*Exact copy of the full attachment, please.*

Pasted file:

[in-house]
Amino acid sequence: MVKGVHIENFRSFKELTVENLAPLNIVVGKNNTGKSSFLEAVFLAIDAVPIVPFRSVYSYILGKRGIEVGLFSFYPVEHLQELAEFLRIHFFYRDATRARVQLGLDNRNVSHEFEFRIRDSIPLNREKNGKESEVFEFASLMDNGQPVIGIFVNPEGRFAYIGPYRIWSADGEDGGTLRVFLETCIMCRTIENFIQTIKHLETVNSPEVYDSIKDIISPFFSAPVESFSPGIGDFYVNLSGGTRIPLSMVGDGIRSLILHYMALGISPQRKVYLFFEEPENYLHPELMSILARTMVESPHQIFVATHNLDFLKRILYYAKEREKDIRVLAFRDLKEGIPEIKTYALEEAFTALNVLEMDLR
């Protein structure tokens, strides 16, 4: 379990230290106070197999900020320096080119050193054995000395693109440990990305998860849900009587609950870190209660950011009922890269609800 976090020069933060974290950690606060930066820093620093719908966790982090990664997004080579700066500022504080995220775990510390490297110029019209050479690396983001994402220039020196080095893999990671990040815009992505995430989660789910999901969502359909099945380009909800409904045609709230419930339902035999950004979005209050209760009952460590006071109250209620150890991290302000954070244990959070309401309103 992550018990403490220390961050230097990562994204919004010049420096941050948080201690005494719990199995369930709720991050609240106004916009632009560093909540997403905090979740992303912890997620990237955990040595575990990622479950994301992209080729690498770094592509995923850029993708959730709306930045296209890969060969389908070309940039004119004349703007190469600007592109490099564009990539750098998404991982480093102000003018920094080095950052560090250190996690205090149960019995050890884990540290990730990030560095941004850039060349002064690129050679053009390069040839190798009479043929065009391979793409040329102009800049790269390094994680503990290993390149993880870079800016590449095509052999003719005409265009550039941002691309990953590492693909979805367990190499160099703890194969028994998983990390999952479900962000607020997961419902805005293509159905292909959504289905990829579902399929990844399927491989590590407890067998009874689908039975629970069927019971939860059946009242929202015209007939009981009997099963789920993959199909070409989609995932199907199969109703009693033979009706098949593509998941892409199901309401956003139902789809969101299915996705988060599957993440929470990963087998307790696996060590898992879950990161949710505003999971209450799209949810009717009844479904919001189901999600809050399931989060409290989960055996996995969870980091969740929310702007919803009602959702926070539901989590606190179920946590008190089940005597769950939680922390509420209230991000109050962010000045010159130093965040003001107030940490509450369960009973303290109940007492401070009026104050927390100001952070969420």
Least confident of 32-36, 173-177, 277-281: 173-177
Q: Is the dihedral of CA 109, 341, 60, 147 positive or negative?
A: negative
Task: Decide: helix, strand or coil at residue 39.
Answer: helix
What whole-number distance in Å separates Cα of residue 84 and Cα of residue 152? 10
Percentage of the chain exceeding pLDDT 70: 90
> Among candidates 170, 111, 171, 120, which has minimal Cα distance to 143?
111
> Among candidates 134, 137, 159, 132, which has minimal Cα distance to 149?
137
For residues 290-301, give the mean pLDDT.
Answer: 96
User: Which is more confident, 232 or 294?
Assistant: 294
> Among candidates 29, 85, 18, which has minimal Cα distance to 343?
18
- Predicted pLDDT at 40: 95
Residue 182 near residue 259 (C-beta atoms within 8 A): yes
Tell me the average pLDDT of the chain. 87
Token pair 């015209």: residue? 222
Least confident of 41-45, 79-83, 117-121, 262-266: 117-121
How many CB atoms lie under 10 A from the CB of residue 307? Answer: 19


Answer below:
[in-house]
Amino acid sequence: MVKGVHIENFRSFKELTVENLAPLNIVVGKNNTGKSSFLEAVFLAIDAVPIVPFRSVYSYILGKRGIEVGLFSFYPVEHLQELAEFLRIHFFYRDATRARVQLGLDNRNVSHEFEFRIRDSIPLNREKNGKESEVFEFASLMDNGQPVIGIFVNPEGRFAYIGPYRIWSADGEDGGTLRVFLETCIMCRTIENFIQTIKHLETVNSPEVYDSIKDIISPFFSAPVESFSPGIGDFYVNLSGGTRIPLSMVGDGIRSLILHYMALGISPQRKVYLFFEEPENYLHPELMSILARTMVESPHQIFVATHNLDFLKRILYYAKEREKDIRVLAFRDLKEGIPEIKTYALEEAFTALNVLEMDLR
């Protein structure tokens, strides 16, 4: 379990230290106070197999900020320096080119050193054995000395693109440990990305998860849900009587609950870190209660950011009922890269609800 976090020069933060974290950690606060930066820093620093719908966790982090990664997004080579700066500022504080995220775990510390490297110029019209050479690396983001994402220039020196080095893999990671990040815009992505995430989660789910999901969502359909099945380009909800409904045609709230419930339902035999950004979005209050209760009952460590006071109250209620150890991290302000954070244990959070309401309103 992550018990403490220390961050230097990562994204919004010049420096941050948080201690005494719990199995369930709720991050609240106004916009632009560093909540997403905090979740992303912890997620990237955990040595575990990622479950994301992209080729690498770094592509995923850029993708959730709306930045296209890969060969389908070309940039004119004349703007190469600007592109490099564009990539750098998404991982480093102000003018920094080095950052560090250190996690205090149960019995050890884990540290990730990030560095941004850039060349002064690129050679053009390069040839190798009479043929065009391979793409040329102009800049790269390094994680503990290993390149993880870079800016590449095509052999003719005409265009550039941002691309990953590492693909979805367990190499160099703890194969028994998983990390999952479900962000607020997961419902805005293509159905292909959504289905990829579902399929990844399927491989590590407890067998009874689908039975629970069927019971939860059946009242929202015209007939009981009997099963789920993959199909070409989609995932199907199969109703009693033979009706098949593509998941892409199901309401956003139902789809969101299915996705988060599957993440929470990963087998307790696996060590898992879950990161949710505003999971209450799209949810009717009844479904919001189901999600809050399931989060409290989960055996996995969870980091969740929310702007919803009602959702926070539901989590606190179920946590008190089940005597769950939680922390509420209230991000109050962010000045010159130093965040003001107030940490509450369960009973303290109940007492401070009026104050927390100001952070969420």
Least confident of 32-36, 173-177, 277-281: 173-177
Q: Is the dihedral of CA 109, 341, 60, 147 positive or negative?
A: negative
Task: Decide: helix, strand or coil at residue 39.
Answer: helix
What whole-number distance in Å separates Cα of residue 84 and Cα of residue 152? 10
Percentage of the chain exceeding pLDDT 70: 90
> Among candidates 170, 111, 171, 120, which has minimal Cα distance to 143?
111
> Among candidates 134, 137, 159, 132, which has minimal Cα distance to 149?
137
For residues 290-301, give the mean pLDDT.
Answer: 96
User: Which is more confident, 232 or 294?
Assistant: 294
> Among candidates 29, 85, 18, which has minimal Cα distance to 343?
18
- Predicted pLDDT at 40: 95
Residue 182 near residue 259 (C-beta atoms within 8 A): yes
Tell me the average pLDDT of the chain. 87
Token pair 């015209």: residue? 222
Least confident of 41-45, 79-83, 117-121, 262-266: 117-121
How many CB atoms lie under 10 A from the CB of residue 307? Answer: 19